Throughout its history, Thames & Hudson has led production innovation: 1958, for example, saw one of the earliest examples of the close creative integration of photographer, editor and production director working to produce a unified artist’s book, in Thrones of Earth and Heaven, in a large print-run. In 1964 the company’s production director introduced what are today known as ‘French folds’, dust jackets that are folded over on top and bottom to protect their edges. In 1974, in what The Times described as "a 1,000-year-old publishing coup", Thames & Hudson painstakingly reproduced The Book of Kells, making a commercial edition of the little-seen illuminated manuscript available around the world for the first time. In 2004 a four-volume monograph on Pritzker Prize–winning architect Zaha Hadid was published, featurin
Mexico City, or the City of Mexico, is the capital of Mexico and the most populous city in North America. Mexico City is one of the most important financial centres in the Americas, it is located in the Valley of Mexico, a large valley in the high plateaus in the center of Mexico, at an altitude of 2,240 meters. The city has 16 boroughs; the 2009 population for the city proper was 8.84 million people, with a land area of 1,485 square kilometers. According to the most recent definition agreed upon by the federal and state governments, the population of Greater Mexico City is 21.3 million, which makes it the largest metropolitan area of the Western Hemisphere, the eleventh-largest agglomeration, the largest Spanish-speaking city in the world. Greater Mexico City has a GDP of $411 billion in 2011, making Greater Mexico City one of the most productive urban areas in the world; the city was responsible for generating 15.8% of Mexico's GDP, the metropolitan area accounted for about 22% of total national GDP.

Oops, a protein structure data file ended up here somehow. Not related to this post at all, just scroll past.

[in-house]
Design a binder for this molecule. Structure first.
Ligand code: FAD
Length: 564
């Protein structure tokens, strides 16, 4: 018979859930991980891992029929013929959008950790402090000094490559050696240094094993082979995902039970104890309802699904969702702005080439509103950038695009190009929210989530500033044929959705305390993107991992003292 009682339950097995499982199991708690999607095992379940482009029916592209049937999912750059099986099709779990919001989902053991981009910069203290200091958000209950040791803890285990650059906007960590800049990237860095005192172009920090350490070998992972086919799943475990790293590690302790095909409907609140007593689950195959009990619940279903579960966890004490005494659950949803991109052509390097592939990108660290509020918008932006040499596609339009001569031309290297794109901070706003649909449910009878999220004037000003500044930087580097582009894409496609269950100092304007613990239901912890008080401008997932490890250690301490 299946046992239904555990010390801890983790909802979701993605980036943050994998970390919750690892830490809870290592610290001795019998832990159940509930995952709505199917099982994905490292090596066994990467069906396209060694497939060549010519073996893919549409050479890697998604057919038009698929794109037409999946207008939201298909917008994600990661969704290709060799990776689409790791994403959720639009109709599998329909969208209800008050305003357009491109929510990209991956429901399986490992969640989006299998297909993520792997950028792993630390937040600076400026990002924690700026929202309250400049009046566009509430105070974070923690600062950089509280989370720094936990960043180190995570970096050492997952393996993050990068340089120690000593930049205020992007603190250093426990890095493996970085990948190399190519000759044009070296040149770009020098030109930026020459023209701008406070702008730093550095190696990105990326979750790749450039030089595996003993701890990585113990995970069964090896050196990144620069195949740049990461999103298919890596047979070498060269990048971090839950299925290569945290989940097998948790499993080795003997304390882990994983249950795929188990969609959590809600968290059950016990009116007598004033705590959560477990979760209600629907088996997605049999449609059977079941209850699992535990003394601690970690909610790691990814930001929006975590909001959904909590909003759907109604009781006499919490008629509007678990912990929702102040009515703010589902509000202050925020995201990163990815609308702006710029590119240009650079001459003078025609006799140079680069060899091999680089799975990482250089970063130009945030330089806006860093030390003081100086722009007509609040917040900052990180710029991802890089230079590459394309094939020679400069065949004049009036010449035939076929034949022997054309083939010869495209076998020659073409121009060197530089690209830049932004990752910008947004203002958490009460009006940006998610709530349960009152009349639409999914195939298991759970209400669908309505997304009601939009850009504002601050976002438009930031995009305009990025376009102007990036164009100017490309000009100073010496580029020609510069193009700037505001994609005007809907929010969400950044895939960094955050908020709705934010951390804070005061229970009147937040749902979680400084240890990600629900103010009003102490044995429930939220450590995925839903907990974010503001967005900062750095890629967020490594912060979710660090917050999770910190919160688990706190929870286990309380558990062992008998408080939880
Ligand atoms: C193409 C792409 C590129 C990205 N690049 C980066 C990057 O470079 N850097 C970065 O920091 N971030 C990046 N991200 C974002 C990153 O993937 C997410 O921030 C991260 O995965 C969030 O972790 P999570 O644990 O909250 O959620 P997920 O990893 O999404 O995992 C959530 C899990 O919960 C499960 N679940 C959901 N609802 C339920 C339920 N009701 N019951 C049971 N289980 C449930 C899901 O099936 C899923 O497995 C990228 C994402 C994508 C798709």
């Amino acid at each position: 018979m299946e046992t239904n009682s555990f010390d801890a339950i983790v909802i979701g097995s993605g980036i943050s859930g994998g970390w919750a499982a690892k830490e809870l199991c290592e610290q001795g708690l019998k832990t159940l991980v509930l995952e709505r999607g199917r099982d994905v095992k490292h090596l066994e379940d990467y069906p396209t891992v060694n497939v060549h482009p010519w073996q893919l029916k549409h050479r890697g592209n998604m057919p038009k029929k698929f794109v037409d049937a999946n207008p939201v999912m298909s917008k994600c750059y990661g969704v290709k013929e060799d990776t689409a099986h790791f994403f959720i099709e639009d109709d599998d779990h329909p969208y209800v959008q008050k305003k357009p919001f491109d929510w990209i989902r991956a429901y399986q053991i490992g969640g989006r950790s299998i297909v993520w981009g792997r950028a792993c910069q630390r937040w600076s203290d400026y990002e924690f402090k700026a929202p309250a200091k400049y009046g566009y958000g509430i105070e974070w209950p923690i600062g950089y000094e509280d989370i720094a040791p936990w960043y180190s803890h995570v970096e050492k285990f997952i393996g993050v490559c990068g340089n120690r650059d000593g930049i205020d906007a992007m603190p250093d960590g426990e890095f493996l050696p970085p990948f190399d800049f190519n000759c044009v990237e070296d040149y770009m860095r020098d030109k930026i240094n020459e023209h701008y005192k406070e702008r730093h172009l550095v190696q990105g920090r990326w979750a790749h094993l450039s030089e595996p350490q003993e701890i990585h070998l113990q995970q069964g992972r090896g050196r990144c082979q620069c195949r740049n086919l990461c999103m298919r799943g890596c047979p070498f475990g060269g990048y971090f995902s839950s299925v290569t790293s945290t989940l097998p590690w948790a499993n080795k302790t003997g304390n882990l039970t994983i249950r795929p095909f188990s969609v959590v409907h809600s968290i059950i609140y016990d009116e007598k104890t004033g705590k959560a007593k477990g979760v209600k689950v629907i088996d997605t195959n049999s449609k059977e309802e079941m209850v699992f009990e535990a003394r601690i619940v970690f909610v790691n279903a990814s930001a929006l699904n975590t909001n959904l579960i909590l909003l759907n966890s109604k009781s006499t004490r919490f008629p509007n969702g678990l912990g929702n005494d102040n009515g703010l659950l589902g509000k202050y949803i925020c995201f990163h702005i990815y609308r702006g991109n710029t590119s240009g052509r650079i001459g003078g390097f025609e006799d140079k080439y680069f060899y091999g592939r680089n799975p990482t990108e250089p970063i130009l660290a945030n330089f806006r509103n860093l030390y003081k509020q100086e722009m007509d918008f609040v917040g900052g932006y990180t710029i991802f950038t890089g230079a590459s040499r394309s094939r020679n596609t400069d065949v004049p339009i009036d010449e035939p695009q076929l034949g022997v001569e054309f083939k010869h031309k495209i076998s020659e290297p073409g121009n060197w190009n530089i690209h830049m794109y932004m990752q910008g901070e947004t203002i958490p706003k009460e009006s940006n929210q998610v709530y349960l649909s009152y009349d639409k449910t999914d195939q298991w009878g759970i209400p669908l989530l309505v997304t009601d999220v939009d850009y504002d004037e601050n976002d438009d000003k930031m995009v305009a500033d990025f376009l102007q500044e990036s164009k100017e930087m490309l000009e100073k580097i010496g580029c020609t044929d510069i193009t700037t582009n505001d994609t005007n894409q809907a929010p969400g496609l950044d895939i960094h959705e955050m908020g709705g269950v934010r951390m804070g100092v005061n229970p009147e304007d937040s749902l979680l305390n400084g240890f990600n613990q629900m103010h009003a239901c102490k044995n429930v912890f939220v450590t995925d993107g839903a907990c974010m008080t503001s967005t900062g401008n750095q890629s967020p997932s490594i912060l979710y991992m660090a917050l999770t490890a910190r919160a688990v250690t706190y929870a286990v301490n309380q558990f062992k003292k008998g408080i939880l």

If it were an independent country, in 2013, Mexico City would be the fifth-largest economy in Latin America, five times as large as Costa Rica and about the same size as Peru. Mexico’s capital is both the oldest capital city in the Americas and one of two founded by Native Americans, the other being Quito, Ecuador; the city was built on an island of Lake Texcoco by the Aztecs in 1325 as Tenochtitlan, completely destroyed in the 1521 siege of Tenochtitlan and subsequently redesigned and rebuilt in accordance with the Spanish urban standards. In 1524, the municipality of Mexico City was established, known as México Tenochtitlán, as of 1585, it was known as Ciudad de México. Mexico City was the political and financial center of a major part of the Spanish colonial empire. After independence from Spain was achieved, the federal district was created in 1824. After years of demanding greater political autonomy, residents were given the right to elect both a Head of Government and the representatives of the unicameral Legislative Assembly by election in 1997.